various artists, |
The Grass is Always Bluer
As I cannot profess to be a bluegrass aficionado I thought I'd once again start a review with a definition and work from there. The American Heritage dictionary defines bluegrass as a style of folk music that "originated in the southern United States, typically played on banjos and guitars and characterized by rapid tempos and jazz-like improvisation." And while there isn't much on The Grass is Always Bluer that I'd call "jazz-like" there are plenty of banjos and guitars (and mandolins and fiddles) and lots of southern twang in the vocals, even among the Canadian contributors to this disc.
There are a couple of big names among the artists featured on The Grass is Always Bluer including Emmylou Harris, who is represented by the song "Deeper Well" from her 1995 album Wrecking Ball. The song is a treat, lush and beautifully produced by Daniel Lanois. "Bible and a Gun" by Jason Ringenberg and Steve Earle, the Jayhawks' "Stumbling Through the Dark" and the title track from Lucinda Williams' 1998 Grammy Award-winning album Car Wheels on a Gravel Road also lend some recognition value to an album that is primarily a vehicle for newer acts. Nettwerk's own Shelley Campbell, Nathan and Old Crow Medicine Show may be relatively fresh faces on the bluegrass scene, but they each hold their own here.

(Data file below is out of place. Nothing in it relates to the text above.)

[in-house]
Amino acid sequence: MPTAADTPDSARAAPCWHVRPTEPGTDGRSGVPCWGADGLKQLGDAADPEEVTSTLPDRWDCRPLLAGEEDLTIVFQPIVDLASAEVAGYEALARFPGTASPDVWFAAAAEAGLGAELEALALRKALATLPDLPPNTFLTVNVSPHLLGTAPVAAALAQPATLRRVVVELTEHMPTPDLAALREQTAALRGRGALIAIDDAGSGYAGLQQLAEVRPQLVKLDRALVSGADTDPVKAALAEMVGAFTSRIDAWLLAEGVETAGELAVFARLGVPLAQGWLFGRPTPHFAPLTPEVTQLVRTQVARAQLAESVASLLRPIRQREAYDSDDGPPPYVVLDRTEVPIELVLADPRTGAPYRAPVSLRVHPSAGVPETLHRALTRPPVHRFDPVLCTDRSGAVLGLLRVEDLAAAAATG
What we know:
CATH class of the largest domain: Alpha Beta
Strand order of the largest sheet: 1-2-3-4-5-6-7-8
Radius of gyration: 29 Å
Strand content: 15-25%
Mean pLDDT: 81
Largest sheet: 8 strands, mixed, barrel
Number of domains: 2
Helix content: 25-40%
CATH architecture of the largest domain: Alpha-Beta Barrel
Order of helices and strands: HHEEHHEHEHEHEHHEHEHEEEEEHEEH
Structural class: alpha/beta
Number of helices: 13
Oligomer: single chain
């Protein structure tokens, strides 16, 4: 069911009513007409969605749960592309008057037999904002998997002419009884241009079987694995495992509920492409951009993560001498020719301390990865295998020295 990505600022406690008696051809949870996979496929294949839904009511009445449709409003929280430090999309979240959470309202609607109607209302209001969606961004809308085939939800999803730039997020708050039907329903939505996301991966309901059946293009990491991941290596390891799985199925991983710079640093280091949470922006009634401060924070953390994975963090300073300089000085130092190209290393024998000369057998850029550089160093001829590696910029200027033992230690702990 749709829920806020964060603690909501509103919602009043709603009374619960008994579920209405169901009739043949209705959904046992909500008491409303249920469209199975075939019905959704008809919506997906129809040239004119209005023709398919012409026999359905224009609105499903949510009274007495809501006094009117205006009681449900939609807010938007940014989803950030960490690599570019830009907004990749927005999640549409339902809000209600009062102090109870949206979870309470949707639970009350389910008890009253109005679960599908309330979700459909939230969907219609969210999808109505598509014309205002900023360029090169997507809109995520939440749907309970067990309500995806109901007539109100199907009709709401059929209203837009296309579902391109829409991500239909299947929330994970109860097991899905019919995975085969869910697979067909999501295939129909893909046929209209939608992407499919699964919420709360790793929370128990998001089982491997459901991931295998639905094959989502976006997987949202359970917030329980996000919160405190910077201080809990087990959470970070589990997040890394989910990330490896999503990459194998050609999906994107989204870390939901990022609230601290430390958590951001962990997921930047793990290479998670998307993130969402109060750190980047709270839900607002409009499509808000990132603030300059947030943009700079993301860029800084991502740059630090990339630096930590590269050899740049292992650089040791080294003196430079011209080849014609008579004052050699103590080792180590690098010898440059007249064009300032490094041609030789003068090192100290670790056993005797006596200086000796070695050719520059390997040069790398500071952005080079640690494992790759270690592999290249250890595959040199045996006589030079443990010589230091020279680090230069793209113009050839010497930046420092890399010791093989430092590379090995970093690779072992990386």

My favorite tracks on The Grass is Always Bluer include the beautifully rough-edged "Rain and Snow" by the Be Good Tanyas and "Down by the Quarry" by Oh Susanna (Suzie Ungerleider), a song with the sort of barely restrained passion that would feel right at home on the O Brother, Where Art Thou? soundtrack. Both of these Canadian acts demonstrate how the visceral simplicity of bluegrass has managed to capture the imaginations of musicians and audiences well beyond its perceived borders. "The Rooster Moans" by Iron & Wine (a.k.a. Sam Beam) is another standout track, one that's about as spare as possible. The double tracked, hauntingly breathy vocals are laid over a simple guitar and banjo line. When the slide guitar joins the instrumentation between verses the result is hypnotic.
If The Grass is Always Bluer has a significant weakness it's that it's too languid, too downbeat. All but one song clocks in below 100 beats per minute. A couple of up-tempo tracks would have helped this collection give a more well-rounded picture of the bluegrass genre. As it stands only "Tell It to Me" by Old Crow Medicine Show, with its dual banjos and blasts of harmonica, comes anywhere near a "rapid tempo" (157 bpm). But if you can forgive the disc for not causing you to break out in a sweat on the dance floor, The Grass is Always Bluer is a wonderful introduction to some talented young folk and bluegrass musicians, with just enough star power mixed in for variety.
"Found I had a thirst that I could not quell, looking for the water from a deeper well," sings Emmylou Harris. The Grass is Always Bluer is indeed a deeper well in which to slake your thirst for the new and blue. A portion of the proceeds from the sale of the album are directed to Sweet Relief, a musicians' health fund.